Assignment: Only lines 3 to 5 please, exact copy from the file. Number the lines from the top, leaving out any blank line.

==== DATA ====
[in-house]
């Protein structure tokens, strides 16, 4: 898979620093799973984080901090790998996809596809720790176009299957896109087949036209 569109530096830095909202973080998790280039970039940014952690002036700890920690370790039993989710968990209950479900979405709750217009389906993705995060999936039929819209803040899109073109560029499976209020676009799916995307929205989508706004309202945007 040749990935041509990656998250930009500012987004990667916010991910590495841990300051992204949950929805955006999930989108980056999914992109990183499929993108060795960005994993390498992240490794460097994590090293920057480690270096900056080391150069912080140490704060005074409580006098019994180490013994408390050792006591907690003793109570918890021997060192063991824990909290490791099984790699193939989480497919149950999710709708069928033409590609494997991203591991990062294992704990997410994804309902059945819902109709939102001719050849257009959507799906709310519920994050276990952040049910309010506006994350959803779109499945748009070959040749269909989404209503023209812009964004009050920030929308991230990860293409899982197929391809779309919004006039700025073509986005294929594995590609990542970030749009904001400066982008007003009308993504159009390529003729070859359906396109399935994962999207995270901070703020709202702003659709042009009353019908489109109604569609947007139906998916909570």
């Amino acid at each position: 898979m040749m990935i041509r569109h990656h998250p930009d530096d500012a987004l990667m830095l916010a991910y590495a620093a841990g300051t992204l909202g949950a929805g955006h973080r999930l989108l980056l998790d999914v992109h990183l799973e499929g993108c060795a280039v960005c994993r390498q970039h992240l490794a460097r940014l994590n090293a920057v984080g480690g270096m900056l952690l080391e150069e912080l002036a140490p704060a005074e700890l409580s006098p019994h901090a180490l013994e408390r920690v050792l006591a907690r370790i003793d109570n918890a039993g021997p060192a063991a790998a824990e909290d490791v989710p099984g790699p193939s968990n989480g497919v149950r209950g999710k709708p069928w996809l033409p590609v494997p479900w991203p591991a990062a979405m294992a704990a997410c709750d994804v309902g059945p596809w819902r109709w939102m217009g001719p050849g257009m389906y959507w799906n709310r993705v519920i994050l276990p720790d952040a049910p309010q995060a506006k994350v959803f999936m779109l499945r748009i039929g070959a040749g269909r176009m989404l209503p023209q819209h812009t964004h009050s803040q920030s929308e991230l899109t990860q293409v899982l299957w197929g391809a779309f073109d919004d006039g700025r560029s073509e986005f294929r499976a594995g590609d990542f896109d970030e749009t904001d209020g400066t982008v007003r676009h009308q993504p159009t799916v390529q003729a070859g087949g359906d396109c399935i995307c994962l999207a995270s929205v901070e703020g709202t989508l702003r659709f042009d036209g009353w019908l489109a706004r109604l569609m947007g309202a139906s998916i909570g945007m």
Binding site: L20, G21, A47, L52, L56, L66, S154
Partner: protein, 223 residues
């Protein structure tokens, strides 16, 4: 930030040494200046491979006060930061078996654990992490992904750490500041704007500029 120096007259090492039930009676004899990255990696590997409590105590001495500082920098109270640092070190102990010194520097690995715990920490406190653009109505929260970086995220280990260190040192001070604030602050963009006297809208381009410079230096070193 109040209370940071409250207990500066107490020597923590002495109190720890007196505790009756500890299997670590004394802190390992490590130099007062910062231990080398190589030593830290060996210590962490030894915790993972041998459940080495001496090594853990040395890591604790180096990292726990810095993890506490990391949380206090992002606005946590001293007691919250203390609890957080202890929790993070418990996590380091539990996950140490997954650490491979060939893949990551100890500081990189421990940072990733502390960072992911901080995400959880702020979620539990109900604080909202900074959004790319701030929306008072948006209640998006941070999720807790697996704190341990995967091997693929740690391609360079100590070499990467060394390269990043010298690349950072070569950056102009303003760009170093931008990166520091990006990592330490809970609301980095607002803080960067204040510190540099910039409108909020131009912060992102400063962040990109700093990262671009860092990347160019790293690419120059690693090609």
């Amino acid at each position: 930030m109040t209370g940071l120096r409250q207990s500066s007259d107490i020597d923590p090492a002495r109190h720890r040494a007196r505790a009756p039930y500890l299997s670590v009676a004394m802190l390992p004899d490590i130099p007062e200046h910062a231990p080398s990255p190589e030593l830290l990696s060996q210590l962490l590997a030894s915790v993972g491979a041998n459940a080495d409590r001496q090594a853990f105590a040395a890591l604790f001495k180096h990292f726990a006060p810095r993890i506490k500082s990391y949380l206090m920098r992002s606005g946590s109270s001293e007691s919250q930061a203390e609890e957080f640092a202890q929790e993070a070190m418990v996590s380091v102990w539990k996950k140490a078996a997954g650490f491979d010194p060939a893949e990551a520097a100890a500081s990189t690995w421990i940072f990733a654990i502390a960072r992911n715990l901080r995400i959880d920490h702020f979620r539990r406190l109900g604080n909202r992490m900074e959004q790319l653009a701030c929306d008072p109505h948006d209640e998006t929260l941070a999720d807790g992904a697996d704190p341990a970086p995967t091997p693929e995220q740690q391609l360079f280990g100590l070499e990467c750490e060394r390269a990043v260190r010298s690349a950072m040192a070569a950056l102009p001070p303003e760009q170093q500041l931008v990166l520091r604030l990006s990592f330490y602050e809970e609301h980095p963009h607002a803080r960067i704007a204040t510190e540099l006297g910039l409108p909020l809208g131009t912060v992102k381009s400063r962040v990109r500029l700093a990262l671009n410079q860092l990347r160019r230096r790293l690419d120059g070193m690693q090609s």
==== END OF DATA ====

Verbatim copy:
């Amino acid at each position: 898979m040749m990935i041509r569109h990656h998250p930009d530096d500012a987004l990667m830095l916010a991910y590495a620093a841990g300051t992204l909202g949950a929805g955006h973080r999930l989108l980056l998790d999914v992109h990183l799973e499929g993108c060795a280039v960005c994993r390498q970039h992240l490794a460097r940014l994590n090293a920057v984080g480690g270096m900056l952690l080391e150069e912080l002036a140490p704060a005074e700890l409580s006098p019994h901090a180490l013994e408390r920690v050792l006591a907690r370790i003793d109570n918890a039993g021997p060192a063991a790998a824990e909290d490791v989710p099984g790699p193939s968990n989480g497919v149950r209950g999710k709708p069928w996809l033409p590609v494997p479900w991203p591991a990062a979405m294992a704990a997410c709750d994804v309902g059945p596809w819902r109709w939102m217009g001719p050849g257009m389906y959507w799906n709310r993705v519920i994050l276990p720790d952040a049910p309010q995060a506006k994350v959803f999936m779109l499945r748009i039929g070959a040749g269909r176009m989404l209503p023209q819209h812009t964004h009050s803040q920030s929308e991230l899109t990860q293409v899982l299957w197929g391809a779309f073109d919004d006039g700025r560029s073509e986005f294929r499976a594995g590609d990542f896109d970030e749009t904001d209020g400066t982008v007003r676009h009308q993504p159009t799916v390529q003729a070859g087949g359906d396109c399935i995307c994962l999207a995270s929205v901070e703020g709202t989508l702003r659709f042009d036209g009353w019908l489109a706004r109604l569609m947007g309202a139906s998916i909570g945007m």
Binding site: L20, G21, A47, L52, L56, L66, S154
Partner: protein, 223 residues